All in all, Teotihuacan is an awesome experience that you should not miss on your visit to Mexico City.

Avenue of the Dead Ruins

~K~

Explore Galle Fort Sri Lanka

We didn’t make it to the Galle Fort until close to the end of our stay, but were glad we did go! The fort is located on a rocky peninsula that juts out from the city of Galle. Only about 35 km from our place in Weligama, a motorbike ride was around an hour away. 

If you don’t want to ride a motorbike around Sri Lanka – which is understandable – Galle should still be easy to reach via train, tuk-tuk, or taxi. We got into an accident just days before riding to Galle, but to be honest, you might feel a little nervous with any of the transportation options. There are some crazy drivers on the road! Ultimately, we chose to go by motorbike because it was the most flexible option. 

South Coast of Sri Lanka

We set out for Galle around mid-morning with the intention of grabbing something to eat while in the fort. As usual for this time of the year, the weather was a little dreary but not rainy, making for a pleasant ride along the the southern coast of Sri Lanka.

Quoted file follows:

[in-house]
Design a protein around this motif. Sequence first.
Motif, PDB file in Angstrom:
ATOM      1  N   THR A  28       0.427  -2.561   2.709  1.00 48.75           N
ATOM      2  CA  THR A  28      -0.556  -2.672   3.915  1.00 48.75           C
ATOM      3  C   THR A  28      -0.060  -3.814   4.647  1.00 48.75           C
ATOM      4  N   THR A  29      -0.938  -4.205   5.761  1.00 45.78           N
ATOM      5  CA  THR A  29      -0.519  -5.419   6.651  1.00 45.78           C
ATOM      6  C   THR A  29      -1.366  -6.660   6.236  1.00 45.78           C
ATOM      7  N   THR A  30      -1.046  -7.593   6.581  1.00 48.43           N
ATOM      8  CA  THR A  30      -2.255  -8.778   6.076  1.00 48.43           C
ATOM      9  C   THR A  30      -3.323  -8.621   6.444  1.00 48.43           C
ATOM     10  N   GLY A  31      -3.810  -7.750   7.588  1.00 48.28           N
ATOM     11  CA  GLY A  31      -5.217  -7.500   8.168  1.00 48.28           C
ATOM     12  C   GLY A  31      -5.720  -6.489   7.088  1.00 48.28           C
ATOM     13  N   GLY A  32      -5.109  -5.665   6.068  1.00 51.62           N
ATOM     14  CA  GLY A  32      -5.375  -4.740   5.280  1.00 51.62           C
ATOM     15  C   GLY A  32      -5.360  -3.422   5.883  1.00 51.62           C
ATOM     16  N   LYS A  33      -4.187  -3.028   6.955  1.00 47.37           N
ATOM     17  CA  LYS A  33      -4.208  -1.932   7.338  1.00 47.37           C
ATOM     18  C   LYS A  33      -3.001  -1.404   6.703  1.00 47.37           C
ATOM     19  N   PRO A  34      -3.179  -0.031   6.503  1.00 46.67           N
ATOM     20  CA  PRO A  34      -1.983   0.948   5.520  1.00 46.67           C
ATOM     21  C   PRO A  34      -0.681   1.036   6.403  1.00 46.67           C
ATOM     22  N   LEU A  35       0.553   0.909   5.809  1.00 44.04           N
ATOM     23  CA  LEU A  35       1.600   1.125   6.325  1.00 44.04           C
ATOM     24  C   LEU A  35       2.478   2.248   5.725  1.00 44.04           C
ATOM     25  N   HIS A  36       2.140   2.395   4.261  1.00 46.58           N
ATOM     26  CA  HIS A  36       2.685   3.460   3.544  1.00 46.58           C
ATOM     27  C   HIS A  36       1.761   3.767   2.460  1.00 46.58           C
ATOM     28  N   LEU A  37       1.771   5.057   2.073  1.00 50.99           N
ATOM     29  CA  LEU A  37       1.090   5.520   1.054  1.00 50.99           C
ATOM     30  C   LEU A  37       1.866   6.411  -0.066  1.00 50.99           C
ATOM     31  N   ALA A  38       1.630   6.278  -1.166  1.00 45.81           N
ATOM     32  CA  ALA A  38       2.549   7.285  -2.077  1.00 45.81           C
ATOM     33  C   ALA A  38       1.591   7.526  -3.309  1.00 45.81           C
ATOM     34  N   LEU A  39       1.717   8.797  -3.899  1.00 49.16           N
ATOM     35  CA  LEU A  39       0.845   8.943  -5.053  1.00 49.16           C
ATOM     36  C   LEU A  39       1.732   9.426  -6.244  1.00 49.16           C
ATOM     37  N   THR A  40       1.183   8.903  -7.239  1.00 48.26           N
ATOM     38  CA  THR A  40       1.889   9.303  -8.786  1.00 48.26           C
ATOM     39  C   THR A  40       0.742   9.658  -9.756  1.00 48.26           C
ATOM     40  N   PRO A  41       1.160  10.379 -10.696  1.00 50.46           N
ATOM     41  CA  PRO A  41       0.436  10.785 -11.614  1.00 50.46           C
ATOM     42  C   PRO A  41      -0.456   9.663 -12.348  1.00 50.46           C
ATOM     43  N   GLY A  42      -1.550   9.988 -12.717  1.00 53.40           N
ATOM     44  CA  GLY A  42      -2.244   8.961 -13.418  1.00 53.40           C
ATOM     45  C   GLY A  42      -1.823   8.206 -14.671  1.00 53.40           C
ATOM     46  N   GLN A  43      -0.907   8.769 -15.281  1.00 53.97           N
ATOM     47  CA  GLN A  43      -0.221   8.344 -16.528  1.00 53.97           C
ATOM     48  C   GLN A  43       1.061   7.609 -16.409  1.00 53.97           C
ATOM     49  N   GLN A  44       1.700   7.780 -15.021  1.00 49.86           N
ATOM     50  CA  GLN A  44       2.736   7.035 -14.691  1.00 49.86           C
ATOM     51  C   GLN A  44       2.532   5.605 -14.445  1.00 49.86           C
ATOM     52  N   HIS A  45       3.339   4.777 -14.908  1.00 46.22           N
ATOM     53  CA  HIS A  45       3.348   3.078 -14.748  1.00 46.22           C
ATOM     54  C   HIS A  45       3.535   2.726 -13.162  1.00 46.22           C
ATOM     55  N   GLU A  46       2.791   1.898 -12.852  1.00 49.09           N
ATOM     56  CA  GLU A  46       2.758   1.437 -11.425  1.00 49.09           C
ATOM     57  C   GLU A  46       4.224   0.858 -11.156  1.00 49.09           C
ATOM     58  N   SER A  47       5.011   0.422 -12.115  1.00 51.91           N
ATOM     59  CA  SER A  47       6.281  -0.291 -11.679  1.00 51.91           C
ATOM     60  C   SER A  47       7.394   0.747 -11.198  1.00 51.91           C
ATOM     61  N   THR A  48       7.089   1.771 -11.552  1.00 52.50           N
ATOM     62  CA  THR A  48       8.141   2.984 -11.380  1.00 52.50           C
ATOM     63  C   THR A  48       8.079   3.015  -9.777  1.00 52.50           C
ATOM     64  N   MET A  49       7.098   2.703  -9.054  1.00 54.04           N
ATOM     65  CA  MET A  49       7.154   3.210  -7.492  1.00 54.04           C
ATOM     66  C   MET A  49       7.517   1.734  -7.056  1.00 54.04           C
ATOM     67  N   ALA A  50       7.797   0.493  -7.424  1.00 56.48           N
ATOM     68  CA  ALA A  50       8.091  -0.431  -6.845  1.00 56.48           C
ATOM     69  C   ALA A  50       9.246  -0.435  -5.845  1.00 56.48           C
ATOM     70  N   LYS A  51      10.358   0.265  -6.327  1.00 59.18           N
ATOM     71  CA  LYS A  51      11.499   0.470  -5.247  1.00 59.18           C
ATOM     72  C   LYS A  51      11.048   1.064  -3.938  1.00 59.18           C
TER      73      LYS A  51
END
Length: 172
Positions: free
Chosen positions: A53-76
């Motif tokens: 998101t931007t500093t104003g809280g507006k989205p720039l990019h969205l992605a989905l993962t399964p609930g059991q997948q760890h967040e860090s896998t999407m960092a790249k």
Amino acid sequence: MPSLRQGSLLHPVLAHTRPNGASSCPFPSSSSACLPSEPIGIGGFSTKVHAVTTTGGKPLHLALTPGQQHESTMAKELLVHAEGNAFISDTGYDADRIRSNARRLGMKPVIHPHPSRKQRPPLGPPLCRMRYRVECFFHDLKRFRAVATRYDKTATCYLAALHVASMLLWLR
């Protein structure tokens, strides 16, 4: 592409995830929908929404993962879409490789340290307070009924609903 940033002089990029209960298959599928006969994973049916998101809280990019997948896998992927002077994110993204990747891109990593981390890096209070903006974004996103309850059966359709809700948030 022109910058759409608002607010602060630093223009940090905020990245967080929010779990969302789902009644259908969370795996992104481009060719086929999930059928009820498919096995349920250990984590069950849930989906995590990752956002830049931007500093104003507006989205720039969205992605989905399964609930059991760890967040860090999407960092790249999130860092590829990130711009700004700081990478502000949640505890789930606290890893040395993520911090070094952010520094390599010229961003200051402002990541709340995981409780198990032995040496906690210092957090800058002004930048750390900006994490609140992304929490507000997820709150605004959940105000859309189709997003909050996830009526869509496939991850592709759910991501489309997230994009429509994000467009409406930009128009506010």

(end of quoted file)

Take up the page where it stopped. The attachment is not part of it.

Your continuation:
Crossing the Bridge in Weligama Sri Lanka

The traffic wasn’t too bad until we were within a few km of the fort. Luckily, coming from the south you can get to the fort and avoid driving through the congested city interior; whereas through the north, you will ride through a congested city of over a hundred thousand residents.

Motorbiking The Sri Lankan Coast
Exterior of Galle Fort Sri Lanka

We crossed through the walls and parked in a small parking lot at the Ambalama in the northeast section of the fort. There is no fee for parking, and we had no trouble finding a space. We were visiting during the off-season though, so it may be more crowded at other times of the year.

IMG11391